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Open Access. Powered by Scholars. Published by Universities.®

2006

Fort Hays State University

Academic culture

Articles 1 - 3 of 3

Full-Text Articles in Education

The Bullying Boss, Anne Jefferson Oct 2006

The Bullying Boss, Anne Jefferson

Academic Leadership: The Online Journal

Leadership has mistakenly been assumed to be a quality processed by all individuals who have positions of authority. Implied is the ability to “draw others into the active pursuit of the strategic goals” (Cunningham and Cordeiro, 2006, p. 155) of the organization. This ability energizes faculty to take the organization to greater heights of achievement. But, as Elash (2004) clearly pointed out, “the corporate scandals at the turn of the millennium clearly demonstrate that leaders can be self-serving and greedy …. Even if they are well intentioned, leaders can abuse their power. … Some are just bullies who mistreat others simply because ...


Orchestrating Change At The Departmental Level:, Lari Coakley, Linda Randall Apr 2006

Orchestrating Change At The Departmental Level:, Lari Coakley, Linda Randall

Academic Leadership: The Online Journal

Academic leaders in higher education must increasingly deal with demands from stakeholders such as students, parents, and government at the same time that they are held accountable for the curriculum and student learning environment (Newman, Couturier & Scurry, 2004; Smith, 2004). In addition, new types of higher education institutions, i.e. the for-profit schools, purport to be more agile in responding to the needs of these various constituencies, putting more pressure on the traditional colleges and universities to react more quickly. Gone are the days of unhurried deliberations and incremental changes that could take years to institute. The loosely coupled organizational nature of ...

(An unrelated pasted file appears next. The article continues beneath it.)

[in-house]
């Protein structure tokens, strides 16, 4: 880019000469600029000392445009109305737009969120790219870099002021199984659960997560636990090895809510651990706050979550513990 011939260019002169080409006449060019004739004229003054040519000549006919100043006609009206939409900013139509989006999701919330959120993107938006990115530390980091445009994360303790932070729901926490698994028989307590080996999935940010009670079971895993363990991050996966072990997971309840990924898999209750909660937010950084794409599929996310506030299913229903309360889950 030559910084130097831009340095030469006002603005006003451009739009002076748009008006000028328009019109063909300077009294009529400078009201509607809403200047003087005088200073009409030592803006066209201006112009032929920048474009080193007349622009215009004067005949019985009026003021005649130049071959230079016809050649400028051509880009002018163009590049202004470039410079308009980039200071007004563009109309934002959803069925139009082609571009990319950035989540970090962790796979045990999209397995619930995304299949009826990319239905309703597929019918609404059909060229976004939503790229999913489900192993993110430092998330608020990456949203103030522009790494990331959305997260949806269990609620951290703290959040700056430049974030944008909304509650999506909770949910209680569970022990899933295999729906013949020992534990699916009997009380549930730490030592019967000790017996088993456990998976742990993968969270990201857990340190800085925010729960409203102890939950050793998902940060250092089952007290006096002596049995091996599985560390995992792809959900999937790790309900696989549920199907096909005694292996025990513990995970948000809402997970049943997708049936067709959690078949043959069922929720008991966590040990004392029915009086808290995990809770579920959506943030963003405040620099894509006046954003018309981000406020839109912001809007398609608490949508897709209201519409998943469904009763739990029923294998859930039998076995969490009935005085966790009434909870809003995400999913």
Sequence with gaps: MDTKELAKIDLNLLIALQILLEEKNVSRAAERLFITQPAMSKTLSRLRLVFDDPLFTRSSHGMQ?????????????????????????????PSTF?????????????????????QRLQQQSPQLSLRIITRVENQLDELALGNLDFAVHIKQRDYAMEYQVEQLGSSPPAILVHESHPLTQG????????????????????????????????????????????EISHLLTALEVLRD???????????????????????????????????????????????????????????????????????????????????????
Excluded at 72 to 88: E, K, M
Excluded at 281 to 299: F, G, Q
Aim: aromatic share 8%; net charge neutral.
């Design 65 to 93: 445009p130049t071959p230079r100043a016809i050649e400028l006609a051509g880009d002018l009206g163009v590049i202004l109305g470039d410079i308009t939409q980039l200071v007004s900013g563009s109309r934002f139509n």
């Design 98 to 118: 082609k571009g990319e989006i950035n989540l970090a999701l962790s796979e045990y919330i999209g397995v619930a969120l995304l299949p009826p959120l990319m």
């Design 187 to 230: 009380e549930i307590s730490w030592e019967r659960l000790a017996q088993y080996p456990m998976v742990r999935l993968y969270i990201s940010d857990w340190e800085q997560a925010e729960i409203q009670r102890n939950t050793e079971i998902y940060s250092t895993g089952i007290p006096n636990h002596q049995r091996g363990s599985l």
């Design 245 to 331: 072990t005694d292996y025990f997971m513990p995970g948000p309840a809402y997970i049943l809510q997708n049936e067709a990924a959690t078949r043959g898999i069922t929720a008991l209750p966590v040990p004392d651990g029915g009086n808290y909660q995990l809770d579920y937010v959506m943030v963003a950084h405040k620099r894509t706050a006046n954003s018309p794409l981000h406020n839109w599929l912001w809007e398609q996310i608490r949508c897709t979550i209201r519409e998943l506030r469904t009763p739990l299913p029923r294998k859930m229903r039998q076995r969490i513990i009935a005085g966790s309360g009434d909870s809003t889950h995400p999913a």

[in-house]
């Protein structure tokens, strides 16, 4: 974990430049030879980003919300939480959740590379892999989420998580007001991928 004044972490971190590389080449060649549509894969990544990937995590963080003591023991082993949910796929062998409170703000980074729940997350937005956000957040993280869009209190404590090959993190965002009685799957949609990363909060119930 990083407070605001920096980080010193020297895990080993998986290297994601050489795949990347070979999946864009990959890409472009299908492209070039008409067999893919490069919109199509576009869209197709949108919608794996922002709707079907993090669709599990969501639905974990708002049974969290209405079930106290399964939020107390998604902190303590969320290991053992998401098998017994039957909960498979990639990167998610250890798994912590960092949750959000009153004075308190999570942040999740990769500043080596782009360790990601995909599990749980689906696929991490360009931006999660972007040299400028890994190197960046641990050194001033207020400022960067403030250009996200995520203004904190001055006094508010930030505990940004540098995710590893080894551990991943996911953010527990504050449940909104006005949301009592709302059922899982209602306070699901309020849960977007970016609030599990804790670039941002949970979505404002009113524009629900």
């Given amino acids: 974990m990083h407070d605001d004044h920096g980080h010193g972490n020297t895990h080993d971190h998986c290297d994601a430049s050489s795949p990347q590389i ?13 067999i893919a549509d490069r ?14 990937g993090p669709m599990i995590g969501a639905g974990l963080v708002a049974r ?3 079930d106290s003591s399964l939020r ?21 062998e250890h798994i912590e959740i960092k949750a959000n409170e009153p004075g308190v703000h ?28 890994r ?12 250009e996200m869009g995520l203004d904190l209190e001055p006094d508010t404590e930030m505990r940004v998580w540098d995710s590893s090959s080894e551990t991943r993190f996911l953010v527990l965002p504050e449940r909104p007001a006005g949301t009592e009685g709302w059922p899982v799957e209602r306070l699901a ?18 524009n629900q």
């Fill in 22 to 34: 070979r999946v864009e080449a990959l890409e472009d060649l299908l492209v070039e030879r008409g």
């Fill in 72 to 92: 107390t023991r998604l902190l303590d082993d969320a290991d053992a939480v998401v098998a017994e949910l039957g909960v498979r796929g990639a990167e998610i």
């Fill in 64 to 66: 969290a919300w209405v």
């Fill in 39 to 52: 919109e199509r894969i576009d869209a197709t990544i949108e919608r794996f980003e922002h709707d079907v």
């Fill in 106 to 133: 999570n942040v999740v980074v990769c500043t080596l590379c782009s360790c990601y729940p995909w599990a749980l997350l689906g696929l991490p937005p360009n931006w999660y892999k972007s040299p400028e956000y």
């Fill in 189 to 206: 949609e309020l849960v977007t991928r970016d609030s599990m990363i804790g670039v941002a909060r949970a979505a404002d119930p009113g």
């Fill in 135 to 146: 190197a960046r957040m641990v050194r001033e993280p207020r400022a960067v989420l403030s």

Department Chairs’ Perception Of Faculty Participation In Accreditation Activities: A Follow-Up Survey, Cathryn Peterson Jan 2006

Department Chairs’ Perception Of Faculty Participation In Accreditation Activities: A Follow-Up Survey, Cathryn Peterson

Academic Leadership: The Online Journal

The purpose of this study was to explore physical therapy department chairs’ perceptions of the extent to which their faculty members participated in the activities leading to accreditation, and whether or not this participation was associated with accreditation outcome. This study was conducted and completed in 2004 as a follow-up to a previous study that explored the relationships among accreditation outcome and management style employed by the chair person, faculty participation in accreditation activities, faculty commitment to implementing the plans delineated in the accreditation documentation, and faculty support of the accreditation process.